“It’s the most incredible feeling to know I have played a big part in creating life”

“Firstly, I would like to say thank you to the entire team for allowing me to fulfil my desire to be a donor. It has been a long-time dream of mine to be able to help other woman to be able to start a family of their own.

Knowing a few women myself, who have been unsuccessful in trying to conceive, it has been the most incredible feeling to be able to know that I have played such a big part in creating life, for those that are unable to. I would love to continue to help as many families as I can, because I really believe this is my chance to give back to this beautiful world.

The team you have, has been incredible, and passionate in every way, from the very second I applied. The dedication that you ladies have is what makes me believe that this world is filled with many beautiful people, and gives me hope that there are people out there, that care, as I do.

I cannot express my gratitude enough for this, and for all you do for those lucky people out there. Your love, care and commitment through the entire process, is more than inspirational, and I hope that you always continue to spread such love and light.

From the bottom of my heart, I would like to once again, say thank you, and can only wish that the world was filled with more people like this AMAZING team! I hope that everyone knows how hard you all work, to make us donors feel so incredibly comfortable, and for providing such amazing support, and care.

My heart is eternally grateful for everything you have all done!”

“You guys obviously care a lot”

“My husband and I had a look at your website as soon as our registration came through, and it was a bit daunting thinking about who to chose, so we will take it step by step.

The questions and answers you had posted up there are brilliant. It put into words all the confusing and conflicting fears and feelings and was very reassuring. Thanks – you guys obviously care ALOT!”

On egg donation number five

Candace Whitehead is one of our donor angels, and we have loved working with her, and reading her blog posts about her donation. This post is taken from her her blog Down the Rabbit Hole (she’s a great blogger to follow!)

Right, so the past week has been insane on so many levels… The Oscar Pistorius story has kinda taken up a lot of emotional and mental energy (and it didn’t help that the increased traffic tanked our site for two days). But finally I get to sit down and do a bit of a catch-up on my egg donation.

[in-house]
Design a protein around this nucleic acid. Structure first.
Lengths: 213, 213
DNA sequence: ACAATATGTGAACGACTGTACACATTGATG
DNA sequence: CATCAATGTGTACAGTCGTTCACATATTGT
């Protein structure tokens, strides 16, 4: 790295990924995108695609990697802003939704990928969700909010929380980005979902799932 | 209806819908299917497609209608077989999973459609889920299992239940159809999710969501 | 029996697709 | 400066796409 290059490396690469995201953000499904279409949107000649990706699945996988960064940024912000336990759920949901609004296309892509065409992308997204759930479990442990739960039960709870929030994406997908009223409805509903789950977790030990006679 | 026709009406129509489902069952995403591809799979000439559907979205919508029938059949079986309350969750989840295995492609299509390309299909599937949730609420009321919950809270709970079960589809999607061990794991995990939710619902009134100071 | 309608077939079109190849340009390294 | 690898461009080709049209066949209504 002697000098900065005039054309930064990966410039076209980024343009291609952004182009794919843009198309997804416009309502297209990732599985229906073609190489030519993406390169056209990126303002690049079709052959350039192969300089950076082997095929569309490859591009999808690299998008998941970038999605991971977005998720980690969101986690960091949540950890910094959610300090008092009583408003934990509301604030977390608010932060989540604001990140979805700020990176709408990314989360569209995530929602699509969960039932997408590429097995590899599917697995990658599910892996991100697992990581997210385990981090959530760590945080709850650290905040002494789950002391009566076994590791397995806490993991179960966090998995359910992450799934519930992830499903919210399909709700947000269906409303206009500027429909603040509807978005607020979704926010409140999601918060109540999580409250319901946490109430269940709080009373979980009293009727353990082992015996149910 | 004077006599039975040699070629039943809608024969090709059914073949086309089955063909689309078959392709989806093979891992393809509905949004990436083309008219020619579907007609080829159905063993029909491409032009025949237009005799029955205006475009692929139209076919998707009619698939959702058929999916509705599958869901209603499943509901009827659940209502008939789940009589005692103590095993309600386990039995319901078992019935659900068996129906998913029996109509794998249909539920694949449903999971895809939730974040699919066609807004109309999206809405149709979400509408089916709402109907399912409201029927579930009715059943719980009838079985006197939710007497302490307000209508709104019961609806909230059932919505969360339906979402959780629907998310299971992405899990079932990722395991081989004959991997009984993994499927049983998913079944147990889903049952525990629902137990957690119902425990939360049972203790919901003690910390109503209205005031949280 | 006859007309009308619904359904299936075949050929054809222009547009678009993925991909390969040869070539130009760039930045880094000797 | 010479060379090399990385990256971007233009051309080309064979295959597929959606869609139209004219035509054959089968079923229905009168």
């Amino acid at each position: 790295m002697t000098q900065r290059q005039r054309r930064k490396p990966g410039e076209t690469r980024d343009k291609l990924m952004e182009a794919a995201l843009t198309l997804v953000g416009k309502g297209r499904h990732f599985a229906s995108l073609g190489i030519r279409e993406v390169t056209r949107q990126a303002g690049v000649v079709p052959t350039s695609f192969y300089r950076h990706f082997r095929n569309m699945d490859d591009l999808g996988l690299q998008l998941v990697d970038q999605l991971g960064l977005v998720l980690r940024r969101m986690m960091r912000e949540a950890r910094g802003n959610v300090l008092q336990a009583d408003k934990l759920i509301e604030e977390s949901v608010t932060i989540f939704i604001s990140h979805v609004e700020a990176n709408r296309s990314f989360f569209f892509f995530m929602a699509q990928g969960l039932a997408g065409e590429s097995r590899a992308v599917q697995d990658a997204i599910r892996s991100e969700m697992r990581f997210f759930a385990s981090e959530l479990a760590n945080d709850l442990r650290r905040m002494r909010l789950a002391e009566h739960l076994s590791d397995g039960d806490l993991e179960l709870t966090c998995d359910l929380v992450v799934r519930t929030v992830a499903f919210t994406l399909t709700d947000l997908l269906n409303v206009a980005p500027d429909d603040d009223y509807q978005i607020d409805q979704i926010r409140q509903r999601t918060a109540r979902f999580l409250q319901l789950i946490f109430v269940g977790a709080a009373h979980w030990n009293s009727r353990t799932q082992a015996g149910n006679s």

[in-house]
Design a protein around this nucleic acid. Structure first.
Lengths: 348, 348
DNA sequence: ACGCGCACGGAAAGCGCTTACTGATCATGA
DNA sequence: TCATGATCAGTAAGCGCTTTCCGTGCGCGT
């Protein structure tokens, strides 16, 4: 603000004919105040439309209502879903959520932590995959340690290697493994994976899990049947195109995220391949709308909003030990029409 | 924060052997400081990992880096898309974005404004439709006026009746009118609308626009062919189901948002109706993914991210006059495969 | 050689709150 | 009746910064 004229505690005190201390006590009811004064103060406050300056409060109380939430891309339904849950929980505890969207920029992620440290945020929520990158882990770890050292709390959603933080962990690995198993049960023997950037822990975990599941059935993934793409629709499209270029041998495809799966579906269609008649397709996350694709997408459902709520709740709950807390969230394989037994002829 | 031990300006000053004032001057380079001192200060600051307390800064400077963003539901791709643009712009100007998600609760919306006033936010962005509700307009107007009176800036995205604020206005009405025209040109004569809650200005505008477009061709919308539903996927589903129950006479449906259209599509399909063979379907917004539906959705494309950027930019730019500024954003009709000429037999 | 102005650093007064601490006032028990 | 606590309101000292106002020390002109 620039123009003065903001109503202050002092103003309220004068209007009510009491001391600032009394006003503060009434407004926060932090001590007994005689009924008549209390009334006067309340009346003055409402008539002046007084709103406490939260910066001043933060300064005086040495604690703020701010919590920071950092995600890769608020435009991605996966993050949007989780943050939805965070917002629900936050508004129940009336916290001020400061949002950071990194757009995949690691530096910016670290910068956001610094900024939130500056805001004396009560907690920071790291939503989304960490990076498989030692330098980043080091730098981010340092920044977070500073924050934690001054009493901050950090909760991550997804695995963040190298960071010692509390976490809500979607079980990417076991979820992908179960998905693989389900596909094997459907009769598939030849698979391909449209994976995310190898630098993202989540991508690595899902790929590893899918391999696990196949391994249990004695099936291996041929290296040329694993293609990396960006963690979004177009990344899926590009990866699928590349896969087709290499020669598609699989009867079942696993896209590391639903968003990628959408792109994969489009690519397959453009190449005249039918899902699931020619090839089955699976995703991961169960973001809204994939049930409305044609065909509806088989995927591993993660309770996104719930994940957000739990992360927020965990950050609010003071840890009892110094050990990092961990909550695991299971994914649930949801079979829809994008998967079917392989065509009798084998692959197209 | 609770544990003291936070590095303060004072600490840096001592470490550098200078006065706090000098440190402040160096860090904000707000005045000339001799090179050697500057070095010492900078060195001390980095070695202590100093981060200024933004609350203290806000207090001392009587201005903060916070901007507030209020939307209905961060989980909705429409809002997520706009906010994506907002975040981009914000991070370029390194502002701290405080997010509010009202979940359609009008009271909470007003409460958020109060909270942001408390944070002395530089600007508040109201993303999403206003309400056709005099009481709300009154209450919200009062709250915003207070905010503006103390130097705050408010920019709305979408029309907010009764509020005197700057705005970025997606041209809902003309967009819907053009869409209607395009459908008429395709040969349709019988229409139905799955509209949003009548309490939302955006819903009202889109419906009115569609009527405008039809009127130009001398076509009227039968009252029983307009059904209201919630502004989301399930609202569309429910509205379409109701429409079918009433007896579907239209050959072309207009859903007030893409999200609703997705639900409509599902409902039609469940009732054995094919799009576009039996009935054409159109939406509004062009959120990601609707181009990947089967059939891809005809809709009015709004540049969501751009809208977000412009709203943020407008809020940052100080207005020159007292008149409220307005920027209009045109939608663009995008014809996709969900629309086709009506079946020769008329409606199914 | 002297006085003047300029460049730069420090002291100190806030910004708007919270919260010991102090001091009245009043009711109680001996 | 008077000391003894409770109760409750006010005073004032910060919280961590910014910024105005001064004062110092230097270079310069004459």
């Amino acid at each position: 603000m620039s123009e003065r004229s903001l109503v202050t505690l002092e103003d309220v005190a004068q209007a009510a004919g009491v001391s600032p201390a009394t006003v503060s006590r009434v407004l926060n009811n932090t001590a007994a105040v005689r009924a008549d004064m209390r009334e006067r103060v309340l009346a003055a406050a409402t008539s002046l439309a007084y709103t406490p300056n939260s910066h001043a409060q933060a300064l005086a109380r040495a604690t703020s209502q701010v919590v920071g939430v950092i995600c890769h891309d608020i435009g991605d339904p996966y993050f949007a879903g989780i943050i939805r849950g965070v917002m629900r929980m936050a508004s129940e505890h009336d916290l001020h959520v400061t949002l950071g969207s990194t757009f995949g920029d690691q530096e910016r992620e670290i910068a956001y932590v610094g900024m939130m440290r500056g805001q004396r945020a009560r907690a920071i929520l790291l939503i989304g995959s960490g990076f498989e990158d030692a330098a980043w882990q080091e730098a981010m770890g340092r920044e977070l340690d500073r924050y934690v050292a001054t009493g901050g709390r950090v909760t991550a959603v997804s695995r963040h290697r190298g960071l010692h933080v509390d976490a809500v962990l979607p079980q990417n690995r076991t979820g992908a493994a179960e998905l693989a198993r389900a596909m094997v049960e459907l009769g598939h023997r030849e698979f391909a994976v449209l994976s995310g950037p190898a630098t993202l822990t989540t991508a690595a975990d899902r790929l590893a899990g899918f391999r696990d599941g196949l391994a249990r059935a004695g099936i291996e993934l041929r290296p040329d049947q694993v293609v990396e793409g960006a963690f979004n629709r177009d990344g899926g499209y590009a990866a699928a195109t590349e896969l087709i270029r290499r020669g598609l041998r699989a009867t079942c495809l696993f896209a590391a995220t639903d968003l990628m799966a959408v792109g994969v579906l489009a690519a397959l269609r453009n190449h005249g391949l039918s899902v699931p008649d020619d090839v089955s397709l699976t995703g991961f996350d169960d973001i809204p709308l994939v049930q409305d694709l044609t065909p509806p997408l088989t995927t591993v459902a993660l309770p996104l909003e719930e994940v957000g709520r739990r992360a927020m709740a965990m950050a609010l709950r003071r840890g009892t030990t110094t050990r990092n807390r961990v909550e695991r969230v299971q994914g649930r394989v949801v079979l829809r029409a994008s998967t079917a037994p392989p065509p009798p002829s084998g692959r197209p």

As I mentioned, this donation was different – it was at a local hospital instead of the Clinic that I’ve done the previous four at. This meant a lot of things, but mostly a new team and a slightly different way of doing things. Mostly, it meant a lot more waiting than usual. After one of my scans, where I lay in the examination room in a robe for about 10 minutes before the doctor arrived, I decided to bring my Kindle to do some reading while I waited.

But otherwise, things went smoothly – bar one hilarious (okay, not really) incident where, while trying to remove an air bubble from my Lucrin shot (read more about Lucrin here), I forced the plunger down too hard and squirted about 2 units of the precious mixture out and across my bedroom. At 9pm.

I would have loved to have seen my face.

No harm done, though – the nurse in charge of my cycle let me come in for a 2 unit top-up – though I did feel terribly, terribly guilty because I felt as though I’d put everyone out.

Anyway, then it was go time. I was scheduled to check in for 7am and the wonderful X picked me up at the crack of dawn (both of us still yawning our heads off) and dropped me off.

And for the first time, I managed to snap a pic of my snazzy hospital arm band. Look at me go:

Then I was led to the day ward – oh, I wish I’d thought to take photos of it, it was such a wonderful, vintage institutional feeling place, very 1970s with the cream walls, though they did have a super cozy bedspread! – and was given a theatre gown and a robe to put on while I waited. It was very quiet – just me in the ward for the most part – and I didn’t bring anything to read, so I memorised the anaesthesia pamphlet that had been left on the bedside table instead.

Then, the anaesthetist popped by to ask me the usual questions (allergic to anything/have you had a reaction to anaesthesia before/when was your last operation/are you feeling well etc etc) and check my chest and heartrate, before I was called up to walk down the hall to where the little operating area had been set up. I was just about to go in when I met the doctor that was to perform my retrieval – not the doctor who performed my scans, oddly, but I was happy to go with it. The anaesthetist was absolutely wonderful about making me feel happy and relaxed, talking to me and teasing me a little and making sure I felt safe and comfortable. Then he warned me that “If I started feeling funny, it was just him” and I remember thinking that I felt absolutely fine – then I woke up in recovery.

I had a wonderful nurse taking care of me – though in my semi-unconscious state I managed to completely forget her name – who made sure I was well-equipped with a hot water bottle, a pot of tea and a mildly awful toasted cheese and tomato sandwich. And then the best surprise of all – my donor liaison popped round to hang out while I was recovering! In my stoned state I may have been a bit random and possibly quite annoying, but it was great chatting to her and getting a bit more of a “behind-the-scenes” look at the donation agency (who have just opened a branch in London, and it’s really interesting how differently they do things there!)

And she came bearing a gift – a charm that I am already wearing, though I will need to get a stronger chain for…